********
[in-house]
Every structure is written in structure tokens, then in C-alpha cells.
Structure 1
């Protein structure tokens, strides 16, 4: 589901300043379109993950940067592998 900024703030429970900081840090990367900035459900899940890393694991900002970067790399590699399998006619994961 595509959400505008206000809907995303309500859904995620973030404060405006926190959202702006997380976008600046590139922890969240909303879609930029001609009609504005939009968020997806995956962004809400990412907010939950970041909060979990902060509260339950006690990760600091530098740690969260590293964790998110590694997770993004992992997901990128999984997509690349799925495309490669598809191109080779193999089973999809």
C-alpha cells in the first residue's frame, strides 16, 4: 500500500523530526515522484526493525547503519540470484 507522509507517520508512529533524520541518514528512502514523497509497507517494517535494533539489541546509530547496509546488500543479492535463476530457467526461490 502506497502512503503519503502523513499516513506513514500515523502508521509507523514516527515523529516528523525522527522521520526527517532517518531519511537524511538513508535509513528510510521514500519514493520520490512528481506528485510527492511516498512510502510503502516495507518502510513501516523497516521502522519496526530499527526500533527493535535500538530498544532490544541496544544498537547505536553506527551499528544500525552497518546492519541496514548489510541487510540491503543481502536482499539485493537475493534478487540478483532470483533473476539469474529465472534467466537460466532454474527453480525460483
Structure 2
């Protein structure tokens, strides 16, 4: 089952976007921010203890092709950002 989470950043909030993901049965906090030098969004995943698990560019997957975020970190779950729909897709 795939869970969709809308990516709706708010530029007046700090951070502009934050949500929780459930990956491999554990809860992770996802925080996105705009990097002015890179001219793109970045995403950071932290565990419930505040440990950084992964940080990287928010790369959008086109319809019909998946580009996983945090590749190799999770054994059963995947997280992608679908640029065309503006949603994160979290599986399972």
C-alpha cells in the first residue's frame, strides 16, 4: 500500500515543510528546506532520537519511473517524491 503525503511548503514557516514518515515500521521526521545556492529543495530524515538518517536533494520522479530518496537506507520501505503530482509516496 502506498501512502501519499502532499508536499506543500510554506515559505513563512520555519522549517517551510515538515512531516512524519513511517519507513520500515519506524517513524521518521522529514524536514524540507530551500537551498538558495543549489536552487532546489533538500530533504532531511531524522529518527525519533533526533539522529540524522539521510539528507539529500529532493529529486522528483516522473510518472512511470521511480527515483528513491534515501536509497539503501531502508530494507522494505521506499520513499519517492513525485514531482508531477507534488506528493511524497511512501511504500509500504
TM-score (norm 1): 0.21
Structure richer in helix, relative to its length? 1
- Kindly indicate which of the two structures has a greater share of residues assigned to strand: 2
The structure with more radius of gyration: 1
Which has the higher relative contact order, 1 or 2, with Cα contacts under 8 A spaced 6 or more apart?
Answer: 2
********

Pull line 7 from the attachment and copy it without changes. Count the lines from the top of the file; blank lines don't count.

């Protein structure tokens, strides 16, 4: 089952976007921010203890092709950002 989470950043909030993901049965906090030098969004995943698990560019997957975020970190779950729909897709 795939869970969709809308990516709706708010530029007046700090951070502009934050949500929780459930990956491999554990809860992770996802925080996105705009990097002015890179001219793109970045995403950071932290565990419930505040440990950084992964940080990287928010790369959008086109319809019909998946580009996983945090590749190799999770054994059963995947997280992608679908640029065309503006949603994160979290599986399972």